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Discussion Starter · #1 ·
alright so i just put some enkei 16's on and the front wheels have a negative camber, not too bad, but to the point where i'm going to get tire wear, and i dont really want that right now. i bought the car stock, and i looked like it was lowered a little bit, but the owner didnt know. there is not kit on it, or any suspension upgrade, and i cant tell if the springs were cut.

1. should i get a camber kit to fix the camber in the front?

2. it no, then what do i need to do/get to get this fixed?

3. if a camber kit is needed, what and where, i shop for all my aftermarket parts on modacar.com, and all the kits and suspesion is for civics.

i would post pictures, but my dad's got the car right now taking it to the honda dealer. seatbelt was broken when i got it, so i took it out, and now some people in japan are searching europe for a seatbelt to ship me, since its all waranteed yah know, gotta love honda :p

thanks
 

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you wont need a camber kit. just get an alignment to set the toe.

the only "debate" of camber and toe tire wear is between those who understand tires and suspension and those who dont.

negative camber isnt a significant factor in tire wear. despite the seemingly obvious connection. tires wear by the amount of slip the rubber goes through as it transitions to and from contact with the pavement as it rolls. an incorrect toe setting will cause the tire to slip more, like the car was constantly turning as the tire shifts in direction between ground contact and back. an extreme example of tire slip in the fore-aft direction is doing a burnout. the effects of tire slip to tire wear is easy to comprehend. the same thing goes on in the lateral direction when the tire is forced to "turn" or twist at every revolution.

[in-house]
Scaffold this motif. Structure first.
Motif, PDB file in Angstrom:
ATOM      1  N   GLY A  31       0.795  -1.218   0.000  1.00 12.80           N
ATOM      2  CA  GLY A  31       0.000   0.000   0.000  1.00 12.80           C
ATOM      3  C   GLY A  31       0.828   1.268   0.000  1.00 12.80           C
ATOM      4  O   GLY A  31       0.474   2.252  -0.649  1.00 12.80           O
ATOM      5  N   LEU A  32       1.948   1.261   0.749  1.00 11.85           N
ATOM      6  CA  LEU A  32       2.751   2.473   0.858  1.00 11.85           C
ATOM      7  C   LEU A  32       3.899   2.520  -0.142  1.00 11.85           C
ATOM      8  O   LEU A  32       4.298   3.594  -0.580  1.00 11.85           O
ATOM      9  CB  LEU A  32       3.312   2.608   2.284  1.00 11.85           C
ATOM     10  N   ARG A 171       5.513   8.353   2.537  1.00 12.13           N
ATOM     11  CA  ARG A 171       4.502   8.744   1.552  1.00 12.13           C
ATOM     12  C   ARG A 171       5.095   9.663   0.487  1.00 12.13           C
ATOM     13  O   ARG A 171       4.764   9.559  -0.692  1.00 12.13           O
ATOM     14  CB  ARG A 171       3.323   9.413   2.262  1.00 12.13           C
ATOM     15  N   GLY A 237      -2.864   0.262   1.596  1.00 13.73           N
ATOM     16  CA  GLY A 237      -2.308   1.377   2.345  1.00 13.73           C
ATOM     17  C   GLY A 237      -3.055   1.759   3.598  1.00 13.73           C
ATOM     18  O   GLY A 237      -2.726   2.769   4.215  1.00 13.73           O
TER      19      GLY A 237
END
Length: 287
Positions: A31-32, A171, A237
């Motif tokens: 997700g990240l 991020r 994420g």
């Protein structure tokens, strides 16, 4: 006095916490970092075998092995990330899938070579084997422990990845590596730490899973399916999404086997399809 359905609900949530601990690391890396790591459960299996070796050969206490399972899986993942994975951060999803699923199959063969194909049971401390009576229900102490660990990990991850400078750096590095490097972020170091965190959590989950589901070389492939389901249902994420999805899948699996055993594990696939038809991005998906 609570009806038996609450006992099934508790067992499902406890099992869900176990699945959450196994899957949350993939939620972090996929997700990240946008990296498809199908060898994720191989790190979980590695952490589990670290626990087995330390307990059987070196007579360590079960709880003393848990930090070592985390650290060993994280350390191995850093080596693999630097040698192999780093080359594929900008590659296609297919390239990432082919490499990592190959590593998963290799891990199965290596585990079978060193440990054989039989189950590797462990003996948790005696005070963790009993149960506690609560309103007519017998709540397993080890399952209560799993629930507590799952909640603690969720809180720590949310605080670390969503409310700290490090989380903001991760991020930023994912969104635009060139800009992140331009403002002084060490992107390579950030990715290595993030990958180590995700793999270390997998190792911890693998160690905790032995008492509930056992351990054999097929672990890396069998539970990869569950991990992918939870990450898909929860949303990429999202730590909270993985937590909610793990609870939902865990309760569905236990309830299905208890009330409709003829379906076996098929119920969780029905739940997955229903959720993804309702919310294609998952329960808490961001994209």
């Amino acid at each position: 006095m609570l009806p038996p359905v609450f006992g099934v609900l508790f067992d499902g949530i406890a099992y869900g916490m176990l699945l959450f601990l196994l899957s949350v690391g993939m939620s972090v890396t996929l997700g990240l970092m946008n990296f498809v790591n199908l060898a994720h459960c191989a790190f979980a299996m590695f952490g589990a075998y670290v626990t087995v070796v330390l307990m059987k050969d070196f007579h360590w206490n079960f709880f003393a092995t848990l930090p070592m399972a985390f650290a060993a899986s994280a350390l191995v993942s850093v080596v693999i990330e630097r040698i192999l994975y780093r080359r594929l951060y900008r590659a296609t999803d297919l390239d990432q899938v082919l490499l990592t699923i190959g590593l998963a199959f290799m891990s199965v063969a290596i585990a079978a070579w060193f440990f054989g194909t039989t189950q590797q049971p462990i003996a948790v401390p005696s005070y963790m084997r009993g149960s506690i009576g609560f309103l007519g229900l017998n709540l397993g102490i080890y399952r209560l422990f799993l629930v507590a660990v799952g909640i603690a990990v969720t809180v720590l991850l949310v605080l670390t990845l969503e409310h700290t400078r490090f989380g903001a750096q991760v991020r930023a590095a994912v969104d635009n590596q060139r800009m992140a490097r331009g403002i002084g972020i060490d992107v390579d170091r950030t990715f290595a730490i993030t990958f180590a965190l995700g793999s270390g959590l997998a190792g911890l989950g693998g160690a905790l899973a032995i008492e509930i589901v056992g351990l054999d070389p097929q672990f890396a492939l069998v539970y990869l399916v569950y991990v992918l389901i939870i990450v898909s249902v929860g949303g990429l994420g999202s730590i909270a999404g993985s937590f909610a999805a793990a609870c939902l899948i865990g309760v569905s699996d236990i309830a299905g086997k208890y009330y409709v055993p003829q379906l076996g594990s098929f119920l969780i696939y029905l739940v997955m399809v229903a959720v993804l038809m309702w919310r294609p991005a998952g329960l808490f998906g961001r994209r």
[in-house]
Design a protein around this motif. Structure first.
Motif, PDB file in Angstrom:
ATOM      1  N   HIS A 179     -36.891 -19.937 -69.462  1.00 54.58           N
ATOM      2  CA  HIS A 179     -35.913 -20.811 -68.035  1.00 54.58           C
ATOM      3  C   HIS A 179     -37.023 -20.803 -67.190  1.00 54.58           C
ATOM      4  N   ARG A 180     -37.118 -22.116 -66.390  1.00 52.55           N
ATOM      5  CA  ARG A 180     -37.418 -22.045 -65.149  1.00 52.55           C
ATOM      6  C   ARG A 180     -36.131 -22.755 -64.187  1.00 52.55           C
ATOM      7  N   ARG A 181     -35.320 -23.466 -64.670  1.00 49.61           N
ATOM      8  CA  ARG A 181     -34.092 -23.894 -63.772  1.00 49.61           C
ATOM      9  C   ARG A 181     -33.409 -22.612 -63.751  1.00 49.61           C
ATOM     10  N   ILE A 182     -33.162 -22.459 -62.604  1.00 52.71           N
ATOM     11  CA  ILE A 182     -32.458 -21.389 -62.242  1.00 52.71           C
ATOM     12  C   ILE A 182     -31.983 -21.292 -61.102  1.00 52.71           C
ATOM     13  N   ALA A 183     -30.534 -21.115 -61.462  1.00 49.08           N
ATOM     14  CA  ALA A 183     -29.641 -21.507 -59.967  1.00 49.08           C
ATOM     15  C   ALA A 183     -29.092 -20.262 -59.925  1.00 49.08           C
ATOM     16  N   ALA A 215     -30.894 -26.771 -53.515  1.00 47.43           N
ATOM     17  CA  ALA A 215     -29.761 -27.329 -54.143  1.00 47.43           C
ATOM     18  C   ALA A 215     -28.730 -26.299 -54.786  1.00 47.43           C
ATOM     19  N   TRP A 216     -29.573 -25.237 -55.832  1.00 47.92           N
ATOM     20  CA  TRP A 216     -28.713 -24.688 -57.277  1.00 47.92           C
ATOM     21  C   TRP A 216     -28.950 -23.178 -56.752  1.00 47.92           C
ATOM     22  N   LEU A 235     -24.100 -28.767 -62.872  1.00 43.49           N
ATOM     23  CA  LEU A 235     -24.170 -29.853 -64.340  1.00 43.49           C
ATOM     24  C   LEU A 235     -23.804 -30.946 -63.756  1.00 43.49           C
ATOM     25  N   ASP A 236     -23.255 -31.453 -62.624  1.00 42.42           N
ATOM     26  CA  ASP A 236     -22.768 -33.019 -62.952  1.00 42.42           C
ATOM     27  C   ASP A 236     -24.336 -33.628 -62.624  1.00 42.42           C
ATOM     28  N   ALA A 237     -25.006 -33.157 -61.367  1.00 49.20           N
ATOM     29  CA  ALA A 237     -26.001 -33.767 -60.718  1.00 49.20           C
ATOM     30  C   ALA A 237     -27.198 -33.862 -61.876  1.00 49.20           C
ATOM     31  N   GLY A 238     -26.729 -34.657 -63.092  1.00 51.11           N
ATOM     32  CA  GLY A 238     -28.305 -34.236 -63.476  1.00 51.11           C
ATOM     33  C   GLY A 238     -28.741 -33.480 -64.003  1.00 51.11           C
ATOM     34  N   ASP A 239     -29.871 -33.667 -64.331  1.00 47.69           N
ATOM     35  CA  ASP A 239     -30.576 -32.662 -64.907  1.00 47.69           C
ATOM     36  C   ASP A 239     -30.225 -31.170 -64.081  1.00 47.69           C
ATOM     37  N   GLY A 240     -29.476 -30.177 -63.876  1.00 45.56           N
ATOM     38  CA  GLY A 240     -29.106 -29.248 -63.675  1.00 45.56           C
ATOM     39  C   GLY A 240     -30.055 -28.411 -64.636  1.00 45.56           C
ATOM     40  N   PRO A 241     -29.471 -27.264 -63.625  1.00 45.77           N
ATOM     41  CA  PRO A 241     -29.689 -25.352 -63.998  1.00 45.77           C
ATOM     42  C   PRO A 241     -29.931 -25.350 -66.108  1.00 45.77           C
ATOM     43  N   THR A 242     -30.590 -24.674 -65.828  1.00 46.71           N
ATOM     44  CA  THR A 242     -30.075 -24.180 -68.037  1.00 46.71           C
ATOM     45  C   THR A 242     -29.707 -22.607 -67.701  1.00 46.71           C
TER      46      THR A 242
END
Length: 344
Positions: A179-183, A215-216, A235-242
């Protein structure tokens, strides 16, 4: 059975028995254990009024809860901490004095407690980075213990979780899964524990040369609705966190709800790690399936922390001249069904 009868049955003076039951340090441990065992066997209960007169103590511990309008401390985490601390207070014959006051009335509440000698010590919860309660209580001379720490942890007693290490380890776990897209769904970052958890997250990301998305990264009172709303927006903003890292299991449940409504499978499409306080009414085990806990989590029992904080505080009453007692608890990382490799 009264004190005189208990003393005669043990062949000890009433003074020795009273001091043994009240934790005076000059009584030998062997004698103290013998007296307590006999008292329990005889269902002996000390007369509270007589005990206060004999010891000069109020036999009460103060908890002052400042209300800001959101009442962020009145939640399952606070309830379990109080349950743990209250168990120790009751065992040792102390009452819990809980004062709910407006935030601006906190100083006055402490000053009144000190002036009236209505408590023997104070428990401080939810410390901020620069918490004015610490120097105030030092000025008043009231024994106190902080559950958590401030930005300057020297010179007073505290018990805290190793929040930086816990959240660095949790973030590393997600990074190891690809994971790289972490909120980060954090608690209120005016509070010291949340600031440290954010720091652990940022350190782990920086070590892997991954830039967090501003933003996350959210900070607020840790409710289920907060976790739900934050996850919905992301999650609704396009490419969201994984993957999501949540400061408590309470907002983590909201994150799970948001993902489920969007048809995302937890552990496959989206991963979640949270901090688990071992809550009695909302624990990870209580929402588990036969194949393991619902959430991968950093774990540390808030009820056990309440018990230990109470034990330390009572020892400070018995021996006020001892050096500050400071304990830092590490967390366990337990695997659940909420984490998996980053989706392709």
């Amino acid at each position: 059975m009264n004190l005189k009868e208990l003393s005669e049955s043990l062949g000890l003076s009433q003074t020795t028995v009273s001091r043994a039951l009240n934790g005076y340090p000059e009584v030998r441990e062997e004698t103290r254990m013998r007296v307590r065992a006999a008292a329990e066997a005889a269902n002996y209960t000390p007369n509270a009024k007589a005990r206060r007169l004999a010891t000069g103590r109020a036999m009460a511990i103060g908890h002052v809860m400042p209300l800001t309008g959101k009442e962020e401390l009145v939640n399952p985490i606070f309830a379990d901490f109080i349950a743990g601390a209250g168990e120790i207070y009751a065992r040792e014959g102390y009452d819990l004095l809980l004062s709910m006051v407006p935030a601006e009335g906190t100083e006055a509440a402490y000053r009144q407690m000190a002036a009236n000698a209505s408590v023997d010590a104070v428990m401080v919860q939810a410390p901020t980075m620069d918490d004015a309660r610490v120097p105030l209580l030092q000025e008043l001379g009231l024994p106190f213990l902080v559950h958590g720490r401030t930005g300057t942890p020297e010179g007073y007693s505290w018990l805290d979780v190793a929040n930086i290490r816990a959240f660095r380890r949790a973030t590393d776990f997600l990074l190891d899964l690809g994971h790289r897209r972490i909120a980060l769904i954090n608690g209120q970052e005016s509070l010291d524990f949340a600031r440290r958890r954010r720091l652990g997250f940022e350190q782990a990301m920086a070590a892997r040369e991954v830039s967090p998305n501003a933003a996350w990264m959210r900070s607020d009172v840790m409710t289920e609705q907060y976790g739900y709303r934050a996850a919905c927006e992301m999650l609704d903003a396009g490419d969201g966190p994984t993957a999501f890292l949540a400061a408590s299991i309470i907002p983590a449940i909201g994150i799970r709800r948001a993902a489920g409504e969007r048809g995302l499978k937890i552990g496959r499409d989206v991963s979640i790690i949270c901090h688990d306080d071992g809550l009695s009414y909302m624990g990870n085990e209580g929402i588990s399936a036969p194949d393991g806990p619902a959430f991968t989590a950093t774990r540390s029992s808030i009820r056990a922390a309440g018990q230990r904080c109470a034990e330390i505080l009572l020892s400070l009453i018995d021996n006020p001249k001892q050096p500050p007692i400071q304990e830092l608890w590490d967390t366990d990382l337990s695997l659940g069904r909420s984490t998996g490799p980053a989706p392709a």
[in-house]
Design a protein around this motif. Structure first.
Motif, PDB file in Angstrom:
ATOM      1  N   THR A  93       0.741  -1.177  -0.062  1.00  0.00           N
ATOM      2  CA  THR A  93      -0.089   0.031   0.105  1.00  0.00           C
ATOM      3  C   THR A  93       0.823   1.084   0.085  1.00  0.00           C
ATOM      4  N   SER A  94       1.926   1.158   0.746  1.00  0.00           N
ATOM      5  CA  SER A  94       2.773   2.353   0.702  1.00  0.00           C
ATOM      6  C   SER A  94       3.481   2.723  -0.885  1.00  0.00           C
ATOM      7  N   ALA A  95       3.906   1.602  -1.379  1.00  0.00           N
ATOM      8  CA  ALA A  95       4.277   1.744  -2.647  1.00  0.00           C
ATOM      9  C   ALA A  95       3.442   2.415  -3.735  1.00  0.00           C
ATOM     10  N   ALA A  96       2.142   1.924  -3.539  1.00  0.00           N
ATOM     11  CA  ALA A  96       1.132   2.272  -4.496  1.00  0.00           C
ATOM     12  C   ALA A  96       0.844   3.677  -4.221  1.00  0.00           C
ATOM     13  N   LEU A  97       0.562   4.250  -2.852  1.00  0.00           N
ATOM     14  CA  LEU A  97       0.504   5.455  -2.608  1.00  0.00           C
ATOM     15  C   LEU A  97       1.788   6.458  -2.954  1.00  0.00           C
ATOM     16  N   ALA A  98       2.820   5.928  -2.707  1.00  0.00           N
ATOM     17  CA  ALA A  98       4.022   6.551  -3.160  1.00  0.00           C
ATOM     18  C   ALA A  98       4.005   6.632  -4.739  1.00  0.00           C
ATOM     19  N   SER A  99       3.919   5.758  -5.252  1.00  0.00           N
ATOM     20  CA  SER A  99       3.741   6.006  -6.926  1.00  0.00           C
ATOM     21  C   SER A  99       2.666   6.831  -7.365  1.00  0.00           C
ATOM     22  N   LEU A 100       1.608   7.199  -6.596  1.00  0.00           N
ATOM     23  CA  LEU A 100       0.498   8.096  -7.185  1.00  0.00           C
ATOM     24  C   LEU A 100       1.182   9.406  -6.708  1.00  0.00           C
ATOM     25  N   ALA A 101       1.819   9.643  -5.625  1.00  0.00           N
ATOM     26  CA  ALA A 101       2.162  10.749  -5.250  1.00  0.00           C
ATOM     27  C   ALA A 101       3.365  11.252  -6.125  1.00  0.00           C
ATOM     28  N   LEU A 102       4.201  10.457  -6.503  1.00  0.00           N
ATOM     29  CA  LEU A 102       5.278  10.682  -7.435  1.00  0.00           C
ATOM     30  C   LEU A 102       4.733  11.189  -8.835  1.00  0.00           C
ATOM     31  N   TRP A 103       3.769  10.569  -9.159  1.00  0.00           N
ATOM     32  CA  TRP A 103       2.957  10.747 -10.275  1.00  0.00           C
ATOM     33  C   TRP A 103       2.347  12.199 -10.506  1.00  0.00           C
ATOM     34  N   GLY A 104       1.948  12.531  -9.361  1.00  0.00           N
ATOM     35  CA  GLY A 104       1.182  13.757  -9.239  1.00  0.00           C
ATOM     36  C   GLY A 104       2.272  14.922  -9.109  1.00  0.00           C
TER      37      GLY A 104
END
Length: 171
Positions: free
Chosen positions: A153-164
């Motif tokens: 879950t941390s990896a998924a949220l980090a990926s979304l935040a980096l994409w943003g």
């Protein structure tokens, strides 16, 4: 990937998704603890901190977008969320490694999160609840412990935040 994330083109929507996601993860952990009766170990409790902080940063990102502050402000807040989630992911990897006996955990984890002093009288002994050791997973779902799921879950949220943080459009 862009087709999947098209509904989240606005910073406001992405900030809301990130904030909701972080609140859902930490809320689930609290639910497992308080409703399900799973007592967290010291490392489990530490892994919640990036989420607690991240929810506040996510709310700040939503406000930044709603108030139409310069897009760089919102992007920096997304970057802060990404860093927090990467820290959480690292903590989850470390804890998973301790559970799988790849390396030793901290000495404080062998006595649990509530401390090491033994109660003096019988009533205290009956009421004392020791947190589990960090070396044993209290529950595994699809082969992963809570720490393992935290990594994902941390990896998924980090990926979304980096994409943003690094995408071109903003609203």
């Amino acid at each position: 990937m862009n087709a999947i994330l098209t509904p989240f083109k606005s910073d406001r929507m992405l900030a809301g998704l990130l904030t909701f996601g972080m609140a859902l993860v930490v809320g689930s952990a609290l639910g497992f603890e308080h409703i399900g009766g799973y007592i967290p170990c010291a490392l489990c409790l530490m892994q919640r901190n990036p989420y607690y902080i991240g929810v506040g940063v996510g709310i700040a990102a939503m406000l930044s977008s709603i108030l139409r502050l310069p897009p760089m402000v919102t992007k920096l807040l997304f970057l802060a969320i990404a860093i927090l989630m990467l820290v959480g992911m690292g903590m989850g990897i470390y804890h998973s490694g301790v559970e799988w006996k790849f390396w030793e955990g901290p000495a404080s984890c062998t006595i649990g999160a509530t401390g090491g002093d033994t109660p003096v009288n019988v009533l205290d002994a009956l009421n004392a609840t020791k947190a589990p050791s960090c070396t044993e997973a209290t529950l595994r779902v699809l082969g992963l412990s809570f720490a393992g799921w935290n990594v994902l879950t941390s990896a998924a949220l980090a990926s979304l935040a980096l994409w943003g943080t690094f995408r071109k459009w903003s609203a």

severe camber will not affect the tire slip nearly as much as it simply is flattening out in the normal direction a tire is designed to compress with no more tire slip than a regularly rolling tire. perhaps more on one side than the other. but consider also that the sidewalls flex and for most allowable camber angles still produce a contact patch full across the tread. even then, consider that a regular tire should last 30-60 thousand miles, especially if just rolling straight.

hondas in particular those with double wishbone suspension specifically control camber angles better than other cars and is also the reason why camber really isnt in need of "correction". in fact, negative camber is a good thing and to take away from it would take away from the great handling already designed in the suspension.

when a car is lowered, the ride height changes. when the ride height changes, the camber changes. when the camber changes, the toe changes. (it doesnt work in reverse) this is designed in the double wishbone suspension for better handling in the corners as the outside tire is loaded. therefore, when the ride height changes, the toe changes. and so the toe should be fixed.

for those who just put camber kits on after lowering, and then adjust them back to positive, also adjusted the toe back. so as a result, benefited in tire wear because the toe was changed closer to where it was previously. not because the camber was changed. even with a camber kit, a full alignment is still recommended, as theres no way to really to know where the camber or alignment really is. and its nonetheless important.

the only exception to the benefit of leaving negative camber is for those interested in maximizing straight line grip, as in drag racing. then you want as straight of a contact patch as possible, or something.
 

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Discussion Starter · #4 ·
wow thanks man

that leaves me seechless

and yeah that should be a sticky or something

the thing is, the toe is set to OEM, just got alignment the day i bought the car,
but according to you the small negative camber is ok? i think its fine, i just dont want bad tire wear, you know?
 

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Yeah.. everthing Tyson said.